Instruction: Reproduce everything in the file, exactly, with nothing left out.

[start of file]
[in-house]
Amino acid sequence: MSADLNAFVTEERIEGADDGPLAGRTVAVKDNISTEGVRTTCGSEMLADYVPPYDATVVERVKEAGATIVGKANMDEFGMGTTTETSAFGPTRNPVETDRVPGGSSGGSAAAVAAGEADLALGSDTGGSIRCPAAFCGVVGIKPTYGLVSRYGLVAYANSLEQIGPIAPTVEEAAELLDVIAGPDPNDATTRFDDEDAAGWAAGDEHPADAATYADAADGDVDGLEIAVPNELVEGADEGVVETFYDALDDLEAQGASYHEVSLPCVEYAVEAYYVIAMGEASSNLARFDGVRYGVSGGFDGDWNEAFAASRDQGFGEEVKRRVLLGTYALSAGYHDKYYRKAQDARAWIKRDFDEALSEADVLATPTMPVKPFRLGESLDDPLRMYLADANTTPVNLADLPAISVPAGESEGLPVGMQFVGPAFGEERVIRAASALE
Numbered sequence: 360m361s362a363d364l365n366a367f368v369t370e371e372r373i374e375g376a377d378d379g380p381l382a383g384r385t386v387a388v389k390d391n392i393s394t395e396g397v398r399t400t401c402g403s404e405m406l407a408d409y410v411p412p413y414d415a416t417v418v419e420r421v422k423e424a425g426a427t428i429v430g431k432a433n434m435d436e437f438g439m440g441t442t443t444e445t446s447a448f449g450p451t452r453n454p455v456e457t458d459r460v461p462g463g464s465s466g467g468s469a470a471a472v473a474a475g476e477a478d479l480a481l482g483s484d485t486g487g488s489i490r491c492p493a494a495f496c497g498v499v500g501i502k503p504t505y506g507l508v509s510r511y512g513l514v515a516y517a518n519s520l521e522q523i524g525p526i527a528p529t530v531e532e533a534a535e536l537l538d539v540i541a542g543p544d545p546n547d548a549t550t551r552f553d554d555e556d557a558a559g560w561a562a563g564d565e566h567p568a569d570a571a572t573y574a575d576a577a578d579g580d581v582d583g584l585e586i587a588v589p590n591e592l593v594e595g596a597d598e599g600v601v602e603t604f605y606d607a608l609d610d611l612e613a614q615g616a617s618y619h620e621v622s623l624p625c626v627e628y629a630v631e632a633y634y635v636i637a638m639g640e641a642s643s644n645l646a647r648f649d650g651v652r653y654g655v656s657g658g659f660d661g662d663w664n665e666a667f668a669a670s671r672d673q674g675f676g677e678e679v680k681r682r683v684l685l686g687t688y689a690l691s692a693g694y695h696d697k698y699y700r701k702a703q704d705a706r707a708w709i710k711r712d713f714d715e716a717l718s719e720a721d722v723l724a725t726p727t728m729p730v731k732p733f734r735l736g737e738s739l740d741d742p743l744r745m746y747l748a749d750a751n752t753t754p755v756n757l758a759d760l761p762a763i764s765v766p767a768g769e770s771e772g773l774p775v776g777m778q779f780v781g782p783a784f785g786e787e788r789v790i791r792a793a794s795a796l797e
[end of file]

[in-house]
Amino acid sequence: MSADLNAFVTEERIEGADDGPLAGRTVAVKDNISTEGVRTTCGSEMLADYVPPYDATVVERVKEAGATIVGKANMDEFGMGTTTETSAFGPTRNPVETDRVPGGSSGGSAAAVAAGEADLALGSDTGGSIRCPAAFCGVVGIKPTYGLVSRYGLVAYANSLEQIGPIAPTVEEAAELLDVIAGPDPNDATTRFDDEDAAGWAAGDEHPADAATYADAADGDVDGLEIAVPNELVEGADEGVVETFYDALDDLEAQGASYHEVSLPCVEYAVEAYYVIAMGEASSNLARFDGVRYGVSGGFDGDWNEAFAASRDQGFGEEVKRRVLLGTYALSAGYHDKYYRKAQDARAWIKRDFDEALSEADVLATPTMPVKPFRLGESLDDPLRMYLADANTTPVNLADLPAISVPAGESEGLPVGMQFVGPAFGEERVIRAASALE
Numbered sequence: 360m361s362a363d364l365n366a367f368v369t370e371e372r373i374e375g376a377d378d379g380p381l382a383g384r385t386v387a388v389k390d391n392i393s394t395e396g397v398r399t400t401c402g403s404e405m406l407a408d409y410v411p412p413y414d415a416t417v418v419e420r421v422k423e424a425g426a427t428i429v430g431k432a433n434m435d436e437f438g439m440g441t442t443t444e445t446s447a448f449g450p451t452r453n454p455v456e457t458d459r460v461p462g463g464s465s466g467g468s469a470a471a472v473a474a475g476e477a478d479l480a481l482g483s484d485t486g487g488s489i490r491c492p493a494a495f496c497g498v499v500g501i502k503p504t505y506g507l508v509s510r511y512g513l514v515a516y517a518n519s520l521e522q523i524g525p526i527a528p529t530v531e532e533a534a535e536l537l538d539v540i541a542g543p544d545p546n547d548a549t550t551r552f553d554d555e556d557a558a559g560w561a562a563g564d565e566h567p568a569d570a571a572t573y574a575d576a577a578d579g580d581v582d583g584l585e586i587a588v589p590n591e592l593v594e595g596a597d598e599g600v601v602e603t604f605y606d607a608l609d610d611l612e613a614q615g616a617s618y619h620e621v622s623l624p625c626v627e628y629a630v631e632a633y634y635v636i637a638m639g640e641a642s643s644n645l646a647r648f649d650g651v652r653y654g655v656s657g658g659f660d661g662d663w664n665e666a667f668a669a670s671r672d673q674g675f676g677e678e679v680k681r682r683v684l685l686g687t688y689a690l691s692a693g694y695h696d697k698y699y700r701k702a703q704d705a706r707a708w709i710k711r712d713f714d715e716a717l718s719e720a721d722v723l724a725t726p727t728m729p730v731k732p733f734r735l736g737e738s739l740d741d742p743l744r745m746y747l748a749d750a751n752t753t754p755v756n757l758a759d760l761p762a763i764s765v766p767a768g769e770s771e772g773l774p775v776g777m778q779f780v781g782p783a784f785g786e787e788r789v790i791r792a793a794s795a796l797e